I had a personal experience over the weekend that made The First Purge hit home for me in a way that it otherwise might not have, and I didn’t want to shoehorn this personal anecdote into an otherwise straight review. It’s a feeling that had been growing since long before I saw the movie, this gnawing sense that we’re losing our collective mind. Mass media has been fractured for a while now, “cyberbalkanization” was coined almost two decades ago, and most of us are well aware that we live in a kind of Google News ad-served echo chamber of our own making. Lately though, it seems like this splintering is increasing in speed and scope at an exponential rate.
Last weekend I attended a Keep Families Together march in Downtown LA. I went partly because I earnestly believe in a demilitarized border (even if you hate immigrants every study has shown that a militarized border mostly only keeps “illegals” in rather than the opposite) and because more and more, I feel like if the sane people among us don’t at least show up, the dickheads will continue to win (put simply). Also, some of my friends were going, I won’t pretend I’m Rosa Parks.
I learned a few things at the event — like that I’m still intensely uncomfortable with slogan chanting, that John Legend probably should’ve limited his appearance to one song, and that standing in the same spot for more than 90 minutes is never especially fun. Still, a mass protest is a bit like a funeral (I’ve been to too many of those lately, so it was fresh on my mind). What happens there doesn’t matter nearly as much as simply showing up. You don’t have to be the most eloquent speaker, you don’t have to achieve closure and catharsis in the first five minutes — just show up. People will remember.
Anyway, after the rally and the march, as we were leaving the event, a car pulled up alongside us. It was big white Toyota, with a Trump sticker on the passenger door and three people inside, all wearing big cardboard Trump masks. The driver appeared to be an adult woman, the passenger an adult or possibly adolescent woman, with a child in the back. All of them were yelling “Build the wall!” and making that okay-type gesture with their hands that’s kinda sorta maybe a white power symbol.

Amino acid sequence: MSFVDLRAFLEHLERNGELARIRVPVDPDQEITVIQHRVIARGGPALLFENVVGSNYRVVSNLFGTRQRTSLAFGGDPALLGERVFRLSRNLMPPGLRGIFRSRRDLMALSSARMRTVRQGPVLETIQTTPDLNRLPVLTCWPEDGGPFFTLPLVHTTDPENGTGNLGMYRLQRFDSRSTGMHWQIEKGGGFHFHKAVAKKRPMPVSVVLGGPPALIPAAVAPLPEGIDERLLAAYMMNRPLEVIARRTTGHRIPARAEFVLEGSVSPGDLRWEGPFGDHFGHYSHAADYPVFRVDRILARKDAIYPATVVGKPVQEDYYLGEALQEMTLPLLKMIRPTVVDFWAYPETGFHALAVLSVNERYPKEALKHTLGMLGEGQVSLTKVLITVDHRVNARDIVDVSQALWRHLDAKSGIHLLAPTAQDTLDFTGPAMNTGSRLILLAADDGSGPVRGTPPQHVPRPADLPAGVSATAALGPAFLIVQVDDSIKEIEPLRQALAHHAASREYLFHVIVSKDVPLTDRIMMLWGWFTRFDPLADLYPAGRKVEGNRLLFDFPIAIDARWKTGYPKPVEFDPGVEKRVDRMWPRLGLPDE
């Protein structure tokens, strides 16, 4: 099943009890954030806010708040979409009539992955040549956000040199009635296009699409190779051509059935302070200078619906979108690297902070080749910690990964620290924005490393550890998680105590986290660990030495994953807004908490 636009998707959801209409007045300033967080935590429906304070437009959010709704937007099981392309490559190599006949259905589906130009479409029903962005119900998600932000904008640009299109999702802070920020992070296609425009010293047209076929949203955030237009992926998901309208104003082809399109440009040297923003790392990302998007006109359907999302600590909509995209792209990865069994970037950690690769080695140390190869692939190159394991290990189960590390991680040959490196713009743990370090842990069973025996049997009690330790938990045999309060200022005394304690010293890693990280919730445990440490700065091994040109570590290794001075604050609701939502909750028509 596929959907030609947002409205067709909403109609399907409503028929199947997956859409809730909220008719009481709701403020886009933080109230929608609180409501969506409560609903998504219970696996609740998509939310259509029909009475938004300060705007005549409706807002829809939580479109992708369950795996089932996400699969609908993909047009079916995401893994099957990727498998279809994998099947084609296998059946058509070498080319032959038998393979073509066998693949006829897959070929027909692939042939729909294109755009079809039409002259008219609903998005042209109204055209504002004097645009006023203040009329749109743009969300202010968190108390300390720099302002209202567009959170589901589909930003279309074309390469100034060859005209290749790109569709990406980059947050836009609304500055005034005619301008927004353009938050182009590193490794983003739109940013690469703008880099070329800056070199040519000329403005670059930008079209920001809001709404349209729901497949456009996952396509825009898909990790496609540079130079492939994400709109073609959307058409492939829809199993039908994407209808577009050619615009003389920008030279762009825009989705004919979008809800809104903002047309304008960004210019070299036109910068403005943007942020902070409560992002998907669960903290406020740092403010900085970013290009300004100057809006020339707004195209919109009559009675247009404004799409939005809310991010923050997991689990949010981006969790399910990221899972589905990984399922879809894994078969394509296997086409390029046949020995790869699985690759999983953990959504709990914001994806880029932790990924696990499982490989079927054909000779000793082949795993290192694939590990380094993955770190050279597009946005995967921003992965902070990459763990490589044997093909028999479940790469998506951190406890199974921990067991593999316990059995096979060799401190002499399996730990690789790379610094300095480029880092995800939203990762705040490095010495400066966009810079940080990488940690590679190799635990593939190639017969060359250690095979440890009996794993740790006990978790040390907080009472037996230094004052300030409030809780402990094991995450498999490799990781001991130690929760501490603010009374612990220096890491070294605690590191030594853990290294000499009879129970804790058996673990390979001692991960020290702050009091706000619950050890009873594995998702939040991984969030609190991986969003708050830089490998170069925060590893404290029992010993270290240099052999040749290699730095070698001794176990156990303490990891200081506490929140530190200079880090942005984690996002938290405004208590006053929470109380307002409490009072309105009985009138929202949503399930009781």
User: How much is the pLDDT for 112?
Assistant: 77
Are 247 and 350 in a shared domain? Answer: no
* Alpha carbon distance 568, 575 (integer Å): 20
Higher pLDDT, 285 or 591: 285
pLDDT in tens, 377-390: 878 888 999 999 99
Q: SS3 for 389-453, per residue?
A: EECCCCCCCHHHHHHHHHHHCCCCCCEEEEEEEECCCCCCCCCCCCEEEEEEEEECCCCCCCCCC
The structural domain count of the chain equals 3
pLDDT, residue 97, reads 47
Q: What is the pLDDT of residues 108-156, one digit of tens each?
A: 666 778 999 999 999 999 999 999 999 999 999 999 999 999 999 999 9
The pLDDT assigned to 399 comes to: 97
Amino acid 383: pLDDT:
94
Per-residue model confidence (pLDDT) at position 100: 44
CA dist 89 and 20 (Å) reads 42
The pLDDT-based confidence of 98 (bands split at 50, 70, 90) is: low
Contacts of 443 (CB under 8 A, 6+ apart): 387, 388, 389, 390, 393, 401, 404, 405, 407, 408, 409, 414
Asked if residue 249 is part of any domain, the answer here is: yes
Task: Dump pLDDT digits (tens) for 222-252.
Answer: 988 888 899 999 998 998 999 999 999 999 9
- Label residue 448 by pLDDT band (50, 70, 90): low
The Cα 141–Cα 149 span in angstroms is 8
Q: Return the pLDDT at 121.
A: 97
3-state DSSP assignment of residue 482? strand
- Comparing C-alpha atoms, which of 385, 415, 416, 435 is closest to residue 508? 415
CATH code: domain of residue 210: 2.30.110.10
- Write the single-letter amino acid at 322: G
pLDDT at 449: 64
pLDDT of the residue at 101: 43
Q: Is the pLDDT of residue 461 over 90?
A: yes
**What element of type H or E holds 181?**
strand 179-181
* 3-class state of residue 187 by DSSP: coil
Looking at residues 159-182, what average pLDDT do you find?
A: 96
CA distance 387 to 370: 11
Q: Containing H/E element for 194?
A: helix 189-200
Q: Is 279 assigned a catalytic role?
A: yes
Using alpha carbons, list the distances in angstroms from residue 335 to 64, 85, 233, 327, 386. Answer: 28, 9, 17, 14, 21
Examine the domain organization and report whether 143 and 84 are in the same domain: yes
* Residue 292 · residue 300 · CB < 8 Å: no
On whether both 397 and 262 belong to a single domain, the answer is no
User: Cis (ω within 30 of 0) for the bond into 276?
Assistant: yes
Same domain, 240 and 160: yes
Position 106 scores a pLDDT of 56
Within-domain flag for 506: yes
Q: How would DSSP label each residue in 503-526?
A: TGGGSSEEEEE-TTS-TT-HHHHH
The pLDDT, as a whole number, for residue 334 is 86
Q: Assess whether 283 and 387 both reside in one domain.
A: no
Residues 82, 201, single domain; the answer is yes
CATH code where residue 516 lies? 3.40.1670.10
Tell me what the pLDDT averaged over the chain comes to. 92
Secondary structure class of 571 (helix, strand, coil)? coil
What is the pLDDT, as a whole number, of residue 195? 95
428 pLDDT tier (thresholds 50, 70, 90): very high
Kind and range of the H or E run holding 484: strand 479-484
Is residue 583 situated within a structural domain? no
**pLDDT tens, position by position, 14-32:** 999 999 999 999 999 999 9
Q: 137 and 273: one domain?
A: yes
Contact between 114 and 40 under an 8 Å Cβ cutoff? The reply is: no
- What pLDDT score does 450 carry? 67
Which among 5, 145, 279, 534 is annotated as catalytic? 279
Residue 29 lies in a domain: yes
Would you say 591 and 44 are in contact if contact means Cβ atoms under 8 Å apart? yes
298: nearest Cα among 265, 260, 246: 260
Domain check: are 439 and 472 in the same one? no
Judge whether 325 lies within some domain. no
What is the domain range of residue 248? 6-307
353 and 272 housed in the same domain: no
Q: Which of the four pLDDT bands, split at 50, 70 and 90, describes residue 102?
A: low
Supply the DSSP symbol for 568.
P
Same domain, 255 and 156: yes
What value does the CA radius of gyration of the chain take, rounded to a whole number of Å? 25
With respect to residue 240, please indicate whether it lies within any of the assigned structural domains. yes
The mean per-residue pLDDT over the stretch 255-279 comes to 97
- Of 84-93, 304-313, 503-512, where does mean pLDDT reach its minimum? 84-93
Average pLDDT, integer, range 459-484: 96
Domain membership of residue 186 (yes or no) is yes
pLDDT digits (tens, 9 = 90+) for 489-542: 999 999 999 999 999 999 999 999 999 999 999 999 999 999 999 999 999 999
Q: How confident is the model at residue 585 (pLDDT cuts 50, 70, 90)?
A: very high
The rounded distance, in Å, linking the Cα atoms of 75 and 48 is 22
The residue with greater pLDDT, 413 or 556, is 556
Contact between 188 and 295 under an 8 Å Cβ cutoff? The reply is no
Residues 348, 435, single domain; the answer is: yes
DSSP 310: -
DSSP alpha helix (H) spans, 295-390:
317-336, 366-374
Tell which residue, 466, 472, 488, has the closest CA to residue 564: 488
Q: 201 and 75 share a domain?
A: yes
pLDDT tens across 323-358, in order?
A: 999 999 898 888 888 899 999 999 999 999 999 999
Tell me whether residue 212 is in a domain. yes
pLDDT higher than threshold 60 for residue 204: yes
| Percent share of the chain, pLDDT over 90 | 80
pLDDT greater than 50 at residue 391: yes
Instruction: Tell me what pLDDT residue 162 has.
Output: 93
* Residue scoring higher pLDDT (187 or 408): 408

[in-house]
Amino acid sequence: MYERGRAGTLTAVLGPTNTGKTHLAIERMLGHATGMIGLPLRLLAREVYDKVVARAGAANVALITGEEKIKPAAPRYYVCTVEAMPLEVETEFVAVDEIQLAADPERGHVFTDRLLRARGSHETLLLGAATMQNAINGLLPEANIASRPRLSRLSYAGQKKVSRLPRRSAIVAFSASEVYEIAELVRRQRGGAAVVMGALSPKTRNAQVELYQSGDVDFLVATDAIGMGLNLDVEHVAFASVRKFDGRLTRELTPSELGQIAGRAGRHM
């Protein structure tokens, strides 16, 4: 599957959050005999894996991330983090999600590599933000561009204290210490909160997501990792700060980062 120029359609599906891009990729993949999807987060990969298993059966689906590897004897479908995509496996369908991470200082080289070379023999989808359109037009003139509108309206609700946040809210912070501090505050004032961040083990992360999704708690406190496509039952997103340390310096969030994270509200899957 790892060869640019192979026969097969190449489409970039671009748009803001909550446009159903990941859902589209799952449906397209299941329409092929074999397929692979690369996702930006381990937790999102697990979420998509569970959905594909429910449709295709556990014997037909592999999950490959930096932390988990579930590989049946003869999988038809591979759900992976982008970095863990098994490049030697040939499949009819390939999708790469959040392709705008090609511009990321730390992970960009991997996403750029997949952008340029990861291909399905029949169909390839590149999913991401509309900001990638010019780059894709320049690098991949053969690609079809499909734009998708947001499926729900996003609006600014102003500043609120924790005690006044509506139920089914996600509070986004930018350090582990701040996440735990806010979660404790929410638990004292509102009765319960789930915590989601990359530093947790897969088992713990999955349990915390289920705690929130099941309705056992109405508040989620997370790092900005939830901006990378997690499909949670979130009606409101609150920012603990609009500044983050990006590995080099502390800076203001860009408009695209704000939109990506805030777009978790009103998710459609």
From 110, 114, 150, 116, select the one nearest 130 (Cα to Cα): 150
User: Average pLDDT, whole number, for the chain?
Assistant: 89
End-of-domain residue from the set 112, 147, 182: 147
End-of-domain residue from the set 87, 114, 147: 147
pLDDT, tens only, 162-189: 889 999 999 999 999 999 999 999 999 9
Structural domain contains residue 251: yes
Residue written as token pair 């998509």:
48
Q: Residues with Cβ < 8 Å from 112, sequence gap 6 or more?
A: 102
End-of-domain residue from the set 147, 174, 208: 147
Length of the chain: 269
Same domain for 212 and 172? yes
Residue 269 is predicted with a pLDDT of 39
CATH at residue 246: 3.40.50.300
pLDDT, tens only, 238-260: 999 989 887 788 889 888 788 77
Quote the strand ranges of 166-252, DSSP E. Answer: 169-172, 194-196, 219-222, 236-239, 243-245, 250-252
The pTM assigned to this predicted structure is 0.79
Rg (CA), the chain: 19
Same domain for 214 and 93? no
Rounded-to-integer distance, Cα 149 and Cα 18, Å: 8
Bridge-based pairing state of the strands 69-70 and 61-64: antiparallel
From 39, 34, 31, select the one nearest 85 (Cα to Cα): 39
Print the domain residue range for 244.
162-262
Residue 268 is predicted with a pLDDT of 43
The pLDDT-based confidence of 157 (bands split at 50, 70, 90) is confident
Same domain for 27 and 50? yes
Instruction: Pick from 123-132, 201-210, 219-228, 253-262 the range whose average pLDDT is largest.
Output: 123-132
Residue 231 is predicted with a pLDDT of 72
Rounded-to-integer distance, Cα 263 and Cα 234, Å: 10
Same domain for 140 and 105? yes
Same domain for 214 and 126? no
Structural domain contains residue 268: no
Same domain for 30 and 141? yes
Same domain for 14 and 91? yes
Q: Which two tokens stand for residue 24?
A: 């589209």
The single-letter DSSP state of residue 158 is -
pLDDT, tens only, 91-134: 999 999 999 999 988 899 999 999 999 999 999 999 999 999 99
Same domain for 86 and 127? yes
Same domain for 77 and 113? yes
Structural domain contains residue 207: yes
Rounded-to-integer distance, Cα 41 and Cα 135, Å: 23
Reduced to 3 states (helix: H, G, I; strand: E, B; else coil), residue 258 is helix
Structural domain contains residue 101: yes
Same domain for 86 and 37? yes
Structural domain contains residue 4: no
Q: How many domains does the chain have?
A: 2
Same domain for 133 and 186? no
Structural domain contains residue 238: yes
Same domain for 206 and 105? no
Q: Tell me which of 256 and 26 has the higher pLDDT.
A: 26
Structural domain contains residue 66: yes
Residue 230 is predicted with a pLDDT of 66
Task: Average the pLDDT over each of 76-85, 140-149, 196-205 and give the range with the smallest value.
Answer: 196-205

Or, I guess, the idea is that it *isn’t* a white power symbol, but the goal was to trick liberals into thinking it was, in order to expose “leftist lunacy” or whatever. That’s a fairly deep and asinine rabbit hole, but at a certain point the difference between a Nazi and being someone trying to trick people into thinking you’re a Nazi ceases being meaningful. Surprise! It’s just me, Dave!
Leaving aside the fact that the stated purpose of this rally was essentially for people to come together to say “putting children in concentration camps is bad,” I have had and continue to have meaningful friendships with people who would self-identify as “conservatives.” I can’t entirely refute the idea that I live “in a bubble,” as most people who live in cities, and especially traditionally liberal cities, do (though pretty much all urban areas lean left nowadays, even the ones in Texas). That being said, there’s a clear difference between someone who privately subscribes to a conservative ideology and someone who goes to a pro-immigrant rally to throw up white power signs. One is arguably worthy of reasoned debate, the other has clearly come looking for a fight and probably deserves one.